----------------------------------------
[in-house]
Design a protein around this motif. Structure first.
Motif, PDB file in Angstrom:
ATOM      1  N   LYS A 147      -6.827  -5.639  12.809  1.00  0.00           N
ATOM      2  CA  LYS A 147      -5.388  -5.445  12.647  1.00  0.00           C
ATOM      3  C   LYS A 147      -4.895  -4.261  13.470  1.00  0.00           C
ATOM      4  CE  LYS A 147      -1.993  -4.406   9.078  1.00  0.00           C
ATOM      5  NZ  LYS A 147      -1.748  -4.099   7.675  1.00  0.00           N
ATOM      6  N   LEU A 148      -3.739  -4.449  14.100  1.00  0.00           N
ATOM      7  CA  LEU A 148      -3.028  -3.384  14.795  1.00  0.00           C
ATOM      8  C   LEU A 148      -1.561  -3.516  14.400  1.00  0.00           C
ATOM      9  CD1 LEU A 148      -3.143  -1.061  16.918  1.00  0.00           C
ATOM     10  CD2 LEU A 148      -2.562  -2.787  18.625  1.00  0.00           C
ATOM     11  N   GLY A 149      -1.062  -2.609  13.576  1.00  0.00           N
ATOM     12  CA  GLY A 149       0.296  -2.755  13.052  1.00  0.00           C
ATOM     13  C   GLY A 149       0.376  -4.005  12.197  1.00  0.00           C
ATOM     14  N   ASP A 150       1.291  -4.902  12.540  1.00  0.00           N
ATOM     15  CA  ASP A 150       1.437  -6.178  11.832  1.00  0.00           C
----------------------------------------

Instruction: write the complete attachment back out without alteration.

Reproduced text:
[in-house]
Design a protein around this motif. Structure first.
Motif, PDB file in Angstrom:
ATOM      1  N   LYS A 147      -6.827  -5.639  12.809  1.00  0.00           N
ATOM      2  CA  LYS A 147      -5.388  -5.445  12.647  1.00  0.00           C
ATOM      3  C   LYS A 147      -4.895  -4.261  13.470  1.00  0.00           C
ATOM      4  CE  LYS A 147      -1.993  -4.406   9.078  1.00  0.00           C
ATOM      5  NZ  LYS A 147      -1.748  -4.099   7.675  1.00  0.00           N
ATOM      6  N   LEU A 148      -3.739  -4.449  14.100  1.00  0.00           N
ATOM      7  CA  LEU A 148      -3.028  -3.384  14.795  1.00  0.00           C
ATOM      8  C   LEU A 148      -1.561  -3.516  14.400  1.00  0.00           C
ATOM      9  CD1 LEU A 148      -3.143  -1.061  16.918  1.00  0.00           C
ATOM     10  CD2 LEU A 148      -2.562  -2.787  18.625  1.00  0.00           C
ATOM     11  N   GLY A 149      -1.062  -2.609  13.576  1.00  0.00           N
ATOM     12  CA  GLY A 149       0.296  -2.755  13.052  1.00  0.00           C
ATOM     13  C   GLY A 149       0.376  -4.005  12.197  1.00  0.00           C
ATOM     14  N   ASP A 150       1.291  -4.902  12.540  1.00  0.00           N
ATOM     15  CA  ASP A 150       1.437  -6.178  11.832  1.00  0.00           C